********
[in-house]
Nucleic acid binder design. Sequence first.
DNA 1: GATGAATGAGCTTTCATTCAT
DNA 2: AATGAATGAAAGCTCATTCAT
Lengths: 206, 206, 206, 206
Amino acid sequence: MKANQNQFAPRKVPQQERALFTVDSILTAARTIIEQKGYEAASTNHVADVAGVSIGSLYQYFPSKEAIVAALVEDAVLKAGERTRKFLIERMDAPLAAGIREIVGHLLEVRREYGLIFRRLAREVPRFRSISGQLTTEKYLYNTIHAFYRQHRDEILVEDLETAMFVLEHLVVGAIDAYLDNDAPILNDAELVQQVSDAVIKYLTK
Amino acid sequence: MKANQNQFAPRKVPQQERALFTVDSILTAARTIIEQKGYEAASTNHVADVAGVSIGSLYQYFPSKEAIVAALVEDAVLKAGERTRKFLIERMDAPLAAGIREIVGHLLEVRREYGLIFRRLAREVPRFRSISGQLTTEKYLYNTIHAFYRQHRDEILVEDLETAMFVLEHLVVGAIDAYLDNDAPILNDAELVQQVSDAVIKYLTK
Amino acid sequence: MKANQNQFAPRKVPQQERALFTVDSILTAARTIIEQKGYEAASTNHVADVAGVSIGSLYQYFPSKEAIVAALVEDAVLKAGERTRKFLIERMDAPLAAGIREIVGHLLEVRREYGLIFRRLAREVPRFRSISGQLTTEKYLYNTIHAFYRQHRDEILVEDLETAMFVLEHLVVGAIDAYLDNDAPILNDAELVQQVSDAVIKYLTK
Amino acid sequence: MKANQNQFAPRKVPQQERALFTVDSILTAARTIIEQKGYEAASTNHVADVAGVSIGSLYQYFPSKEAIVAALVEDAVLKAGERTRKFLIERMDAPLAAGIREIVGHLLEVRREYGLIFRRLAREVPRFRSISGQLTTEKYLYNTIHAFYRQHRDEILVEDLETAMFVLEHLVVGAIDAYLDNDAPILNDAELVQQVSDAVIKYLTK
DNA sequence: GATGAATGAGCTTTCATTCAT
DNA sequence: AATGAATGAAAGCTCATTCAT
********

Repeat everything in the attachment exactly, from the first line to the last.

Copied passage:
[in-house]
Nucleic acid binder design. Sequence first.
DNA 1: GATGAATGAGCTTTCATTCAT
DNA 2: AATGAATGAAAGCTCATTCAT
Lengths: 206, 206, 206, 206
Amino acid sequence: MKANQNQFAPRKVPQQERALFTVDSILTAARTIIEQKGYEAASTNHVADVAGVSIGSLYQYFPSKEAIVAALVEDAVLKAGERTRKFLIERMDAPLAAGIREIVGHLLEVRREYGLIFRRLAREVPRFRSISGQLTTEKYLYNTIHAFYRQHRDEILVEDLETAMFVLEHLVVGAIDAYLDNDAPILNDAELVQQVSDAVIKYLTK
Amino acid sequence: MKANQNQFAPRKVPQQERALFTVDSILTAARTIIEQKGYEAASTNHVADVAGVSIGSLYQYFPSKEAIVAALVEDAVLKAGERTRKFLIERMDAPLAAGIREIVGHLLEVRREYGLIFRRLAREVPRFRSISGQLTTEKYLYNTIHAFYRQHRDEILVEDLETAMFVLEHLVVGAIDAYLDNDAPILNDAELVQQVSDAVIKYLTK
Amino acid sequence: MKANQNQFAPRKVPQQERALFTVDSILTAARTIIEQKGYEAASTNHVADVAGVSIGSLYQYFPSKEAIVAALVEDAVLKAGERTRKFLIERMDAPLAAGIREIVGHLLEVRREYGLIFRRLAREVPRFRSISGQLTTEKYLYNTIHAFYRQHRDEILVEDLETAMFVLEHLVVGAIDAYLDNDAPILNDAELVQQVSDAVIKYLTK
Amino acid sequence: MKANQNQFAPRKVPQQERALFTVDSILTAARTIIEQKGYEAASTNHVADVAGVSIGSLYQYFPSKEAIVAALVEDAVLKAGERTRKFLIERMDAPLAAGIREIVGHLLEVRREYGLIFRRLAREVPRFRSISGQLTTEKYLYNTIHAFYRQHRDEILVEDLETAMFVLEHLVVGAIDAYLDNDAPILNDAELVQQVSDAVIKYLTK
DNA sequence: GATGAATGAGCTTTCATTCAT
DNA sequence: AATGAATGAAAGCTCATTCAT